New garbage collecting robots that will keep your neighbourhood clean by picking up all the trash, may soon become a real thing.
The Volvo Group, a Swedish multinational manufacturing company, will produce these new robots with the help of universities in the United States and Sweden. The robots will move on wheels around the neighbourhood, collect all the trash, and throw it into the garbage trucks.
Robot-based Autonomous Refuse, or ROAR, is the name of this new project. Although using robots do to the ‘dirty work’ may be a great innovation for many, some sanitation workers are worried that they might lose their jobs, since normally they are the ones who empty the bins manually.
According to Volvo, the garbage truck drivers will use an operating system in order to control every move of the robots.
Per-Lage Götvall, the project leader of the Robot-based Autonomous Refuse, stated that these robots are part of a bigger project which intends to make a more technology-friendly future.
Students, who study at the Mälardalen University in Sweden and the Swedish Chalmers University of Technology, will help with the Robot-based Autonomous Refuse. The Mälardalen University students will help Volvo design and assemble the new robots, in a way that will make the robots powerful enough to lift up trash cans, and to move from house to house when collecting the garbage.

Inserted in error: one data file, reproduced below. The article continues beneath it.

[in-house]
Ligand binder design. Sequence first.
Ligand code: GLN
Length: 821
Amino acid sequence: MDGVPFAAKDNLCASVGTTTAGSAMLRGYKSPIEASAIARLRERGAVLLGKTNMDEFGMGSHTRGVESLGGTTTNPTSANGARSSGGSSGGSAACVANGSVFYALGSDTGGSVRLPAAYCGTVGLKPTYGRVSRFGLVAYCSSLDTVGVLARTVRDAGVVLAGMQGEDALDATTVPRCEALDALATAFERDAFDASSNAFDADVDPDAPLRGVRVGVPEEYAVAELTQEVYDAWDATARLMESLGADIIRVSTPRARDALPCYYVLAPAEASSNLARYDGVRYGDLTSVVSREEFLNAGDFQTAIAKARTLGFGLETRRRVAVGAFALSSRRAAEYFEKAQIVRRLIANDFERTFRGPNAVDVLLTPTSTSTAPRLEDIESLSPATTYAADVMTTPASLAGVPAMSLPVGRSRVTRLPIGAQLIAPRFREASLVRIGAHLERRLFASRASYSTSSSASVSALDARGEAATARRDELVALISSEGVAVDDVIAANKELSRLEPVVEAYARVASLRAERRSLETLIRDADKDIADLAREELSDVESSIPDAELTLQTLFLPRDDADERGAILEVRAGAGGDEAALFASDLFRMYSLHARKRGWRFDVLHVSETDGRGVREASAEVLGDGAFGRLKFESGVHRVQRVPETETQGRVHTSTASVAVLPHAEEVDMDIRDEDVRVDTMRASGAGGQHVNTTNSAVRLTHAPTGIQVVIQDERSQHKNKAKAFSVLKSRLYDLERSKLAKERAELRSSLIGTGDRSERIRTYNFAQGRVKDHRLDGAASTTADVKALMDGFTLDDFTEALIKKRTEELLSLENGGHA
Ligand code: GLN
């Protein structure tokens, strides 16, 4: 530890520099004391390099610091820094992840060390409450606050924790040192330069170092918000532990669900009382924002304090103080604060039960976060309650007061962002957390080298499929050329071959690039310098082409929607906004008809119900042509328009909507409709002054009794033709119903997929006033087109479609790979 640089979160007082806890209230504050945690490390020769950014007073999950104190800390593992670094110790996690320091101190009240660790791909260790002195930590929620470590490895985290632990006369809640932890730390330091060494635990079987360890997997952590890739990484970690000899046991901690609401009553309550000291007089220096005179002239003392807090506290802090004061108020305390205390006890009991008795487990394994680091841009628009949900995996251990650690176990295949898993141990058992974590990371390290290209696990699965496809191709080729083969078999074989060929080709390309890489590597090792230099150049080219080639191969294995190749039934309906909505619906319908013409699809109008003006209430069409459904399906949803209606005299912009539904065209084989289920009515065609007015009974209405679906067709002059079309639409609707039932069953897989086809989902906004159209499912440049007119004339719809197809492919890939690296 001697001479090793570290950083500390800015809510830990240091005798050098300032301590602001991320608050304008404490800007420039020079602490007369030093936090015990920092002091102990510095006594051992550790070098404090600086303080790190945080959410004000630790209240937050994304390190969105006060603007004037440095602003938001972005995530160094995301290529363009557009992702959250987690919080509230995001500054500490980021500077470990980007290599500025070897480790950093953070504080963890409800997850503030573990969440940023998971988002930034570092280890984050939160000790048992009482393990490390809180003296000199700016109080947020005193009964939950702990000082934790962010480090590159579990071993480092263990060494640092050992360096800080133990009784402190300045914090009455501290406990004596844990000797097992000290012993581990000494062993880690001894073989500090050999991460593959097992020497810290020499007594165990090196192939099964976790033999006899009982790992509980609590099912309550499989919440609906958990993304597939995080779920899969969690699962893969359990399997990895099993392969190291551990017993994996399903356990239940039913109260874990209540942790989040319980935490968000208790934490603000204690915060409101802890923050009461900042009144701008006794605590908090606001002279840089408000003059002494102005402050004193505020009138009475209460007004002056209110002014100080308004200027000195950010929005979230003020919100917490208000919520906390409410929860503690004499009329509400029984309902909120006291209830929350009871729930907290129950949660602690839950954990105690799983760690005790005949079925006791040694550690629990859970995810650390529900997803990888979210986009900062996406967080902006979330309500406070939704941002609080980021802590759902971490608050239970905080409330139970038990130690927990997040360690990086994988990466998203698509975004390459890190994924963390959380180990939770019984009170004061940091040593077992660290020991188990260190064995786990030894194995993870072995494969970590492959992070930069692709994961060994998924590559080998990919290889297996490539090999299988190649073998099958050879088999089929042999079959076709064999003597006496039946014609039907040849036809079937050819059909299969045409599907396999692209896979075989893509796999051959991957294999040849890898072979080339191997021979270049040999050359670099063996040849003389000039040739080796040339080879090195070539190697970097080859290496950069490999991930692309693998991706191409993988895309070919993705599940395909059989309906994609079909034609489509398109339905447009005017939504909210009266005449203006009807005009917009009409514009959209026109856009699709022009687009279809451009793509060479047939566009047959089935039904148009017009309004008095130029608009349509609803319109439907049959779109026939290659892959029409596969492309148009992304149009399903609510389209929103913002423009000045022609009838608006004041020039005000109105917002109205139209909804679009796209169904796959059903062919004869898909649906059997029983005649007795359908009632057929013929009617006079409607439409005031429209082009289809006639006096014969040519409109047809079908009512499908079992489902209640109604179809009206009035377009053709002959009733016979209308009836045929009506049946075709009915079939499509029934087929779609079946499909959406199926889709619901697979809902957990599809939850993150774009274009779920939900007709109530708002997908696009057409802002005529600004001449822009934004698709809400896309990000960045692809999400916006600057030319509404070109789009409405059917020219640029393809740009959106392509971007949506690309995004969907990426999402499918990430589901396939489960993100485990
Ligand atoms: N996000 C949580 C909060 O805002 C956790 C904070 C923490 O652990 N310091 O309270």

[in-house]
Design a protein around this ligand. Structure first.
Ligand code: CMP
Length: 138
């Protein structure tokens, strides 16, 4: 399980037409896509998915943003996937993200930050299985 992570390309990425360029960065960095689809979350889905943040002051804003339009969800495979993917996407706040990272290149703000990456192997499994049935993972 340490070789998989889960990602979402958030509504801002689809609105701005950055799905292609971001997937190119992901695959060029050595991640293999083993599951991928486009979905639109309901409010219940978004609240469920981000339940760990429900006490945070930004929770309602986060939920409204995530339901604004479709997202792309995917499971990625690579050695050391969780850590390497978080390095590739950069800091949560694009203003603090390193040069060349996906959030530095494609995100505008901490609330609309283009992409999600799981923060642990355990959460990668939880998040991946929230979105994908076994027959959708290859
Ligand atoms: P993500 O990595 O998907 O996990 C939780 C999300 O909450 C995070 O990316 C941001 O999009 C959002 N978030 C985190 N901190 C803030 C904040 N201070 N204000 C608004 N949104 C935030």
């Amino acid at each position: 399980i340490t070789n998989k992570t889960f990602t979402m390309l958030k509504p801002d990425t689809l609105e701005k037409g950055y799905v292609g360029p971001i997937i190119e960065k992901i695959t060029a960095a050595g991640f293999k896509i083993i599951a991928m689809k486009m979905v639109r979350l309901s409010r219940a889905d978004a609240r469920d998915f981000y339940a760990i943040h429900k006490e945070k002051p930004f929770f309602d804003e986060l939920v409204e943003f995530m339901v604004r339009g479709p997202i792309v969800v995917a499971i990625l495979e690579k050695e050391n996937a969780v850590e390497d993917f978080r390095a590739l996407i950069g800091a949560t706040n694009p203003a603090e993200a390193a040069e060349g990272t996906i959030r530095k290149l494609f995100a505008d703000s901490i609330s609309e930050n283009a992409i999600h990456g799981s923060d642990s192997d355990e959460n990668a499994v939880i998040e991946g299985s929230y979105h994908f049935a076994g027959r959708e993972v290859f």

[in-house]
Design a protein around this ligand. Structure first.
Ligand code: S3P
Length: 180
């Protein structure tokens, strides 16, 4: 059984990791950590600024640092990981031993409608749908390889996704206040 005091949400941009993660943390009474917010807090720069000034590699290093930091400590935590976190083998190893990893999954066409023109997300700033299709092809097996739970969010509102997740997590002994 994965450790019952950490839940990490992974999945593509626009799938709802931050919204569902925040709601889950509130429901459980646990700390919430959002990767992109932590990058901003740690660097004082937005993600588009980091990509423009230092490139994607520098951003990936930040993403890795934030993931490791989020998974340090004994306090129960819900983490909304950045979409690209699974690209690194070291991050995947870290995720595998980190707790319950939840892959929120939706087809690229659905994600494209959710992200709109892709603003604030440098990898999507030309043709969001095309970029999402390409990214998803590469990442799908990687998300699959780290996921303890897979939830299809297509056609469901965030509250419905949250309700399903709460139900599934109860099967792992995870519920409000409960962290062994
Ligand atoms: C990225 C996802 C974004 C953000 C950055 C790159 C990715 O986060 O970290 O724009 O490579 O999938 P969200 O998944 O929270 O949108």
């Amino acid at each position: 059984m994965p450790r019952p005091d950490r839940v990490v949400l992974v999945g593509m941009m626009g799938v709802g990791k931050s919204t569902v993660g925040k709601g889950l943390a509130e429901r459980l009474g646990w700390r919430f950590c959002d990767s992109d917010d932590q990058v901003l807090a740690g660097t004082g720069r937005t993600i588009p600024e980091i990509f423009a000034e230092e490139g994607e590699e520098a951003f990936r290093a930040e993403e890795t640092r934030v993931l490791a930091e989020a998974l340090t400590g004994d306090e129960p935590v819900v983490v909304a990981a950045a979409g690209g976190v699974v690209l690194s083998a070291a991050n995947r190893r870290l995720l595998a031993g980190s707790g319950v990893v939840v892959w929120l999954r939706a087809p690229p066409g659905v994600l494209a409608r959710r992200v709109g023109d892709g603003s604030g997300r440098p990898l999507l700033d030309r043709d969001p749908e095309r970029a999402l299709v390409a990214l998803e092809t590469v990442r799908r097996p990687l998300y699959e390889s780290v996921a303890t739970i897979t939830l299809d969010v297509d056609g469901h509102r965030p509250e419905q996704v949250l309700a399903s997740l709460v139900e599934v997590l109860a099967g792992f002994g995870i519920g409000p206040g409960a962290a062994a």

“Chalmers has for many years developed the technology for the control and coordination of autonomous systems,” Petter Falkman, an associate professor of automation at Chalmers University of Technology in Sweden, stated.
Volvo also recruited students from the United States to help with the Robot-based Autonomous Refuse project. Those at the Thomas D. Larson Pennsylvania Transportation Institute – which is part of the Pennsylvania State University – were asked to design a virtual system, as well as a control panel for the truck drivers, which will help them keep track of the robots.
Renova, the recycling and waste management company in Sweden, will also help the ROAR project by designing and building garbage trucks in which the new automated system can be incorporated.
By June 2016, the project will be ready for testing, experts say.
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